Link to the reading list here.
Crisis in Community: Key Events in UK Queer History
23rd June 2020
Speaker: Nick Cherryman
Nick Cherryman took us through some key events in British Queer history. Ranging from the Buggery Act of 1533, and touching on key figures such as Oscar Wilde and Terrance Higgins, this talk looks at moments of crisis in British History and what this meant for the queer community.
A Spotlight On... Section 28
28th July 2020
In collaboration with Campus Pride 2020
Speaker: Nick Cherryman
During this talk Nick Cherryman shone a spotlight on Section 28, its impact and its legacy on the LGBT+ community.
Wednesday 30th September
Speakers: Hannah Ayres and Nick Cherryman
This event marked the (re)launch of Queer History Warwick as queer/disrupt.
We went through our plans for the coming year including the Queering the Quarantine archive and exhibition, our new podcast, the launch of our brand new website, upcoming events and our conference: 'Mainstreaming Queerness: The New Queer Vanguard'.
Fattening Queer History, Queering Fat History: The National Fat Women's Conference of 1989
9th November 2020
Chair: Catriona Wilson
Speaker: Carlie Pendleton
Where are the fat queers? In this talk Pendleton discusses the National Fat Women’s Conference held in London by the London Fat Women’s Group on March 18, 1989. Founded on principles of radical lesbian feminism, the LFWG represented the epicentre of fat, queer political activism in London in the 1980s-early 1990s. The workshops offered by the conference, specifically those for fat lesbians, demonstrate the interplay between fat and queer identities during the event. And yet the conference is at best an obscure footnote in modern feminist history. Why?
Carlie has provided us with an extensive list of suggested reading so feel free to browse at your leisure!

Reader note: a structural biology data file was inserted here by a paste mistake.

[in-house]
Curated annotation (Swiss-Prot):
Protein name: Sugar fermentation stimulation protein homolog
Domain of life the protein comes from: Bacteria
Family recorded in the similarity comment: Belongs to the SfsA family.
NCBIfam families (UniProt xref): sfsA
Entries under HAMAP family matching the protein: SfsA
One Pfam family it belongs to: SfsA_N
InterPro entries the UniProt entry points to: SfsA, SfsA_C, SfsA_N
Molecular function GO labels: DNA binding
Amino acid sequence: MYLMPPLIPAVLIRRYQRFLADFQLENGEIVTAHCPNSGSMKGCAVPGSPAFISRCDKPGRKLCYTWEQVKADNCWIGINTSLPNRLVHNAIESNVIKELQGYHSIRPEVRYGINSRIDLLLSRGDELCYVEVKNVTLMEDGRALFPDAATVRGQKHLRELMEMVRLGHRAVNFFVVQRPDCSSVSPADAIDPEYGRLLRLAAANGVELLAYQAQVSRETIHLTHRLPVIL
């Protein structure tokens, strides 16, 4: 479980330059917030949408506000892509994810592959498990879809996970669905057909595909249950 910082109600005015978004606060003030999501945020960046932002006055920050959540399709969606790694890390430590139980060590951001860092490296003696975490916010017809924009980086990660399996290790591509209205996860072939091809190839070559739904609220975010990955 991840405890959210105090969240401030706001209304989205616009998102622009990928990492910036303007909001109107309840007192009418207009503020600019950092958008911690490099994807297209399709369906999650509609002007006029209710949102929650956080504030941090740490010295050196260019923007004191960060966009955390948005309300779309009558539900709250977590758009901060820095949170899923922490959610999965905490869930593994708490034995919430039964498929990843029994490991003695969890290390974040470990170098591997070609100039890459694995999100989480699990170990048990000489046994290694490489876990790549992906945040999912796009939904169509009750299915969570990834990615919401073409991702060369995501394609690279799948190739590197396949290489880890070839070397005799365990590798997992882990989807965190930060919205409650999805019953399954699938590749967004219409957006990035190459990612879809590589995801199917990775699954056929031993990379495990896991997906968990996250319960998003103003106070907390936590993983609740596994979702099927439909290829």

The Place of Witchcraft in Early Modern Queer History
December 2nd 2020
In collaboration with the Early Modern & Eighteenth Century Centre.
Speaker: Dr Kit Heyam
This talk presents a reassessment of the place of witchcraft accusations in the history of early modern sexual transgression. While it is well known that witchcraft was collocated with sexually transgressive behaviour (as well as with related crimes such as heresy) in medieval and early modern European thought, Heyam argues for the concurrent development of an overlooked paradigm that used witchcraft as a retrospective excuse for transgressive sexual and emotional attraction. They demonstrate that early modern commentators used the discourse of bewitchment as a strategy to negotiate the problem of monarchs’ and others’ unwise, inexplicable or transgressive sexual and emotional attraction.
Queer pedagogy, queer history, and the road to inclusion
December 9th 2020
Speaker: Hannah Ayres
What does inclusion look like in university classrooms?
This is a question often posed by equality and diversity departments within universities and the answers presented are often posed as straight forward and simple - don't make students feel uncomfortable, make everyone feel welcome and included etc. Taking queer history (and the study of sexuality and gender in history) as a case study, Ayres' unpacks some of the complications that can arise from trying to incorporate an uncritical politic of inclusion.